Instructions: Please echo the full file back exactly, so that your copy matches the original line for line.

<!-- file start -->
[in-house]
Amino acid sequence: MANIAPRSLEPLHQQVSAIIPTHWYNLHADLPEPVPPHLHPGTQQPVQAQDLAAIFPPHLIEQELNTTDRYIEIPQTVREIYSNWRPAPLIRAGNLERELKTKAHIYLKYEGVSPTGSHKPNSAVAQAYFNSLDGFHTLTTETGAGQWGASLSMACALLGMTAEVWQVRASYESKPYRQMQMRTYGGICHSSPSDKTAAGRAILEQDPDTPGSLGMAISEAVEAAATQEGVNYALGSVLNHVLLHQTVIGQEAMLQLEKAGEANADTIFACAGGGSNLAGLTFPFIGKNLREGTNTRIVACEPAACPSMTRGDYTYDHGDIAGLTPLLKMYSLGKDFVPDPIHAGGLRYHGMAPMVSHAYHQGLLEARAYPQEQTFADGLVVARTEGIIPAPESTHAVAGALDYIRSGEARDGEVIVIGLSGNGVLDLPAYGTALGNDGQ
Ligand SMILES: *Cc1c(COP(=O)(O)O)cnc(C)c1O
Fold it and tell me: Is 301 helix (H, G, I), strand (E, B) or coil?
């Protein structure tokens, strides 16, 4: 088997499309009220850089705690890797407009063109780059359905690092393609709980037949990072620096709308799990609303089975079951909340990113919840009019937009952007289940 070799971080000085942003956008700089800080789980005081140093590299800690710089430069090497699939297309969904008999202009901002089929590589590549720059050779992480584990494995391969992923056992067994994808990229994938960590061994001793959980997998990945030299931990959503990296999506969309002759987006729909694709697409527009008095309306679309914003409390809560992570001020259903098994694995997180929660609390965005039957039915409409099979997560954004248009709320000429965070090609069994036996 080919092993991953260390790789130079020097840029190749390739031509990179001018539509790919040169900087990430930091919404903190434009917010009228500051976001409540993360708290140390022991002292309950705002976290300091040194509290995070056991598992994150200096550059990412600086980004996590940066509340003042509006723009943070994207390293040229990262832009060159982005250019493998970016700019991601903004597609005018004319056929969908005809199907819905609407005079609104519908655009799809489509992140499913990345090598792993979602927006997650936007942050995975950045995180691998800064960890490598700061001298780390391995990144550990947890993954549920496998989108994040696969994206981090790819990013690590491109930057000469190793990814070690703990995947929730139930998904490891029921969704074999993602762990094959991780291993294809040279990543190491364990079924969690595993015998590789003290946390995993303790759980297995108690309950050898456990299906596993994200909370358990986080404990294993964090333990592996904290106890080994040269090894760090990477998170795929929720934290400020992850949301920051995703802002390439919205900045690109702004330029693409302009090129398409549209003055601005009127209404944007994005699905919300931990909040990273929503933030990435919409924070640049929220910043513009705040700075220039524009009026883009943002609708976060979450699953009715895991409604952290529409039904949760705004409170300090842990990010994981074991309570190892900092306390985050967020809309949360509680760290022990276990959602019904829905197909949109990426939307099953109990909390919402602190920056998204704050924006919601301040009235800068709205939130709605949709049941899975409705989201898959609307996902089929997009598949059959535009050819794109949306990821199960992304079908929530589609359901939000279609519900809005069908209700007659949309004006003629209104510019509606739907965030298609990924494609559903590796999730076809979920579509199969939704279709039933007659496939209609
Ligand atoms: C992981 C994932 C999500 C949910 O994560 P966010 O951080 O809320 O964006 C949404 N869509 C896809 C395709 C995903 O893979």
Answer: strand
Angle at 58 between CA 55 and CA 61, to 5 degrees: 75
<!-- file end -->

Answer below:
[in-house]
Amino acid sequence: MANIAPRSLEPLHQQVSAIIPTHWYNLHADLPEPVPPHLHPGTQQPVQAQDLAAIFPPHLIEQELNTTDRYIEIPQTVREIYSNWRPAPLIRAGNLERELKTKAHIYLKYEGVSPTGSHKPNSAVAQAYFNSLDGFHTLTTETGAGQWGASLSMACALLGMTAEVWQVRASYESKPYRQMQMRTYGGICHSSPSDKTAAGRAILEQDPDTPGSLGMAISEAVEAAATQEGVNYALGSVLNHVLLHQTVIGQEAMLQLEKAGEANADTIFACAGGGSNLAGLTFPFIGKNLREGTNTRIVACEPAACPSMTRGDYTYDHGDIAGLTPLLKMYSLGKDFVPDPIHAGGLRYHGMAPMVSHAYHQGLLEARAYPQEQTFADGLVVARTEGIIPAPESTHAVAGALDYIRSGEARDGEVIVIGLSGNGVLDLPAYGTALGNDGQ
Ligand SMILES: *Cc1c(COP(=O)(O)O)cnc(C)c1O
Fold it and tell me: Is 301 helix (H, G, I), strand (E, B) or coil?
């Protein structure tokens, strides 16, 4: 088997499309009220850089705690890797407009063109780059359905690092393609709980037949990072620096709308799990609303089975079951909340990113919840009019937009952007289940 070799971080000085942003956008700089800080789980005081140093590299800690710089430069090497699939297309969904008999202009901002089929590589590549720059050779992480584990494995391969992923056992067994994808990229994938960590061994001793959980997998990945030299931990959503990296999506969309002759987006729909694709697409527009008095309306679309914003409390809560992570001020259903098994694995997180929660609390965005039957039915409409099979997560954004248009709320000429965070090609069994036996 080919092993991953260390790789130079020097840029190749390739031509990179001018539509790919040169900087990430930091919404903190434009917010009228500051976001409540993360708290140390022991002292309950705002976290300091040194509290995070056991598992994150200096550059990412600086980004996590940066509340003042509006723009943070994207390293040229990262832009060159982005250019493998970016700019991601903004597609005018004319056929969908005809199907819905609407005079609104519908655009799809489509992140499913990345090598792993979602927006997650936007942050995975950045995180691998800064960890490598700061001298780390391995990144550990947890993954549920496998989108994040696969994206981090790819990013690590491109930057000469190793990814070690703990995947929730139930998904490891029921969704074999993602762990094959991780291993294809040279990543190491364990079924969690595993015998590789003290946390995993303790759980297995108690309950050898456990299906596993994200909370358990986080404990294993964090333990592996904290106890080994040269090894760090990477998170795929929720934290400020992850949301920051995703802002390439919205900045690109702004330029693409302009090129398409549209003055601005009127209404944007994005699905919300931990909040990273929503933030990435919409924070640049929220910043513009705040700075220039524009009026883009943002609708976060979450699953009715895991409604952290529409039904949760705004409170300090842990990010994981074991309570190892900092306390985050967020809309949360509680760290022990276990959602019904829905197909949109990426939307099953109990909390919402602190920056998204704050924006919601301040009235800068709205939130709605949709049941899975409705989201898959609307996902089929997009598949059959535009050819794109949306990821199960992304079908929530589609359901939000279609519900809005069908209700007659949309004006003629209104510019509606739907965030298609990924494609559903590796999730076809979920579509199969939704279709039933007659496939209609
Ligand atoms: C992981 C994932 C999500 C949910 O994560 P966010 O951080 O809320 O964006 C949404 N869509 C896809 C395709 C995903 O893979």
Answer: strand
Angle at 58 between CA 55 and CA 61, to 5 degrees: 75